If you’re at the how stage of your marketing intelligence plans, chances are you’ve already decided it’s what you need as a business. Which is great. Because marketing intelligence is one of the most effective ways to identify lucrative opportunities as well as mitigate the impact of potential threats.
In recent years, it’s been used alongside traditional market research to help businesses become smarter and more innovative in their industries, allowing them to grow and protect their revenues. Before we get to what you need to consider when setting up your market intelligence programme, here’s a short definition for the sake of clarity.
What is market intelligence?
Market intelligence (sometimes called ‘marketing intelligence’) refers to the insights gained from tracking, gathering and analysing data about what’s happening in the market via a variety of online sources.
Whereas competitor intelligence drills into what your competitors are doing, marketing intelligence focuses on the consumer. It looks at who they are, their wants and needs, and what they think, feel and say about the products and services in your market. It can also include looking at market news, changes and trends to provide a fuller picture of what’s happening.
It is primarily used to make smarter decisions and improve your strategies, roadmaps and marketing activity so that you can strengthen your position in the market.
What do we mean by ‘market intelligence process’?
There are two parts to the process. One is the strategy for your market intelligence. This includes things like goal-setting, defining intelligence types and metrics and choosing the right software.
The other part is what happens after your intelligence starts coming in. This includes defining your processes and areas of ownership and responsibility across the organisation.
At each of these stages are important questions that must be answered in order to get the most from your investment in market intelligence.
What to consider for your market intelligence process
1. What do you want to achieve and why?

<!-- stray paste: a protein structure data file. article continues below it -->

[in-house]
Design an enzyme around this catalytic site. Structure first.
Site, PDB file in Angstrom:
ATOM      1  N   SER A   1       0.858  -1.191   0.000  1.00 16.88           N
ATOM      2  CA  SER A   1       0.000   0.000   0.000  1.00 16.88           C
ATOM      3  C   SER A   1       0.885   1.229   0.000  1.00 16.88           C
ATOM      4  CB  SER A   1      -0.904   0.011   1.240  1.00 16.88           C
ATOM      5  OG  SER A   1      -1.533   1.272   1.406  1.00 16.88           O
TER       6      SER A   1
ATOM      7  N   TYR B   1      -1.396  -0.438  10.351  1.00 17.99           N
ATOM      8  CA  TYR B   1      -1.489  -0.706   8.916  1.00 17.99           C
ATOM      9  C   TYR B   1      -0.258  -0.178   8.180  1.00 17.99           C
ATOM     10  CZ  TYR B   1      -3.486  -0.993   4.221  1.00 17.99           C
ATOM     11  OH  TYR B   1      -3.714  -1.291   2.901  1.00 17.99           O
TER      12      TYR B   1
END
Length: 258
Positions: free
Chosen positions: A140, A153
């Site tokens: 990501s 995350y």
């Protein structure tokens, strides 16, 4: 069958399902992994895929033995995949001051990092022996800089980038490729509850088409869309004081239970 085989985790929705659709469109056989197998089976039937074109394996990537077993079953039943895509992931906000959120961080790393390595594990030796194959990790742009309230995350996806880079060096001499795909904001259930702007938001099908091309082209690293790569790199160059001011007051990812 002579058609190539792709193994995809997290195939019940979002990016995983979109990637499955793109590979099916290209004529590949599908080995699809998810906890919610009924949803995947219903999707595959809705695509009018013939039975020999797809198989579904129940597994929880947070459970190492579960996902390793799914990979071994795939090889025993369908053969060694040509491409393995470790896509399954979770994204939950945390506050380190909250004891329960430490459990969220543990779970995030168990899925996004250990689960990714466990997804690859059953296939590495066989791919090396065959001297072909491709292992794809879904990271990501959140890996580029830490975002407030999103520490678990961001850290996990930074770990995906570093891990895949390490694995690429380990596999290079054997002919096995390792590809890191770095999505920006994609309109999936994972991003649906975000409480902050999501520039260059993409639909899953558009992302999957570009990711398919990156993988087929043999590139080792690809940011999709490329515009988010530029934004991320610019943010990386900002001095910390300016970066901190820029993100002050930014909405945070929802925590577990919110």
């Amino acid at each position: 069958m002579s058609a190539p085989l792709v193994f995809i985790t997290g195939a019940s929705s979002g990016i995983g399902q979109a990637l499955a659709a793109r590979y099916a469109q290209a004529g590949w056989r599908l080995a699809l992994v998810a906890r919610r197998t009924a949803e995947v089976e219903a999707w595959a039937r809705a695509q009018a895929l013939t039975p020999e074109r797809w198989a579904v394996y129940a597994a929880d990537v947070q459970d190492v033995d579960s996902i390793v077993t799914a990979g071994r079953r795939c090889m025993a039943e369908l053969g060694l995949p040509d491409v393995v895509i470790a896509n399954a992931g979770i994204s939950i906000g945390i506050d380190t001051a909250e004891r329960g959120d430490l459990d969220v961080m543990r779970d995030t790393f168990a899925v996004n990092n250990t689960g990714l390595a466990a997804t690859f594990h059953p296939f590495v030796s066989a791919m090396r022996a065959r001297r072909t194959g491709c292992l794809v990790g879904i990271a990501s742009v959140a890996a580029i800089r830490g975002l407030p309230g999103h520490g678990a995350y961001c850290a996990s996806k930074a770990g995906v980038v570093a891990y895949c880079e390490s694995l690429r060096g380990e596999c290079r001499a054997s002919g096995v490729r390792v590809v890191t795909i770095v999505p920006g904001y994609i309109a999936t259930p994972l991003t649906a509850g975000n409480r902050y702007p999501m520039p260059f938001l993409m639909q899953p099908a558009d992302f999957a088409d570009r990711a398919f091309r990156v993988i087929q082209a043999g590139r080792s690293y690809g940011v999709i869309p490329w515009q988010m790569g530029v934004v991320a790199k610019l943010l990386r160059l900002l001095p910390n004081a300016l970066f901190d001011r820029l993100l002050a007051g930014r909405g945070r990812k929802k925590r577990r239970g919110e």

If you don’t have a clear view of what you hope to get from your investment, it will be difficult to measure its success and probably lead to an ineffective strategy. Maybe you want to close the gap on a competitor or protect your current position in the wake of new competition. Or maybe you want to avoid wasted marketing spend.
Whatever it is, defining your goals will keep your strategy focused and make answering the next few questions easier.
2. What types of market intelligence will help you achieve it?
Once you know what you want to achieve, you need to work backwards to understand what type of intelligence will help you achieve it. For example, if you know your marketing activity isn’t producing the results you need, you might want more insight into who you’re targeting and the problem your products or services solve for them. Or gain a better understanding of how they think and talk about your brand versus the competition.
Alternatively, let’s say you want to build awareness of your brand and think upcoming regulatory changes could be a way to do it. Knowing that would point to tracking regulatory news, industry commentary and the individuals involved in changing legislation. That type of intelligence could help you clarify your brand’s opinions and create content that positions you as an authority.
3. How will you gather your market intelligence?